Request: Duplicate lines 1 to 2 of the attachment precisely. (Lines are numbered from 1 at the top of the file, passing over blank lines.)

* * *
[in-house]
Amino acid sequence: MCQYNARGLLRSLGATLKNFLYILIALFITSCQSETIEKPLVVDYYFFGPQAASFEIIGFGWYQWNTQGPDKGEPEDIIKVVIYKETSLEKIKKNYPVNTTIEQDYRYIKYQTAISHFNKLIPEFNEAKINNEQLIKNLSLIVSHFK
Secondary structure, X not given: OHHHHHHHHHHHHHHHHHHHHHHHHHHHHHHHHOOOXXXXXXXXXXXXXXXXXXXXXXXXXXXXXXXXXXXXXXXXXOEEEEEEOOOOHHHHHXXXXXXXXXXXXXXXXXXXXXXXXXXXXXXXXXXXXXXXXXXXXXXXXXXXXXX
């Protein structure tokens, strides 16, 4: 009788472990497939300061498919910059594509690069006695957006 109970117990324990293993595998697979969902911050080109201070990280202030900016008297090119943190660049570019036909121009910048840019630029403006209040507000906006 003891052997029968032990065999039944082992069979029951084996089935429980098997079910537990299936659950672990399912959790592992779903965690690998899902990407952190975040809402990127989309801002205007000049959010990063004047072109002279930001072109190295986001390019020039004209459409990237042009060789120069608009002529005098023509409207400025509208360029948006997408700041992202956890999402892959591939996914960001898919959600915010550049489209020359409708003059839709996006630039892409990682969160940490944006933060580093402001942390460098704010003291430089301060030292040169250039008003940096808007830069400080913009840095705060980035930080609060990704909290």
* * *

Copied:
[in-house]
Amino acid sequence: MCQYNARGLLRSLGATLKNFLYILIALFITSCQSETIEKPLVVDYYFFGPQAASFEIIGFGWYQWNTQGPDKGEPEDIIKVVIYKETSLEKIKKNYPVNTTIEQDYRYIKYQTAISHFNKLIPEFNEAKINNEQLIKNLSLIVSHFK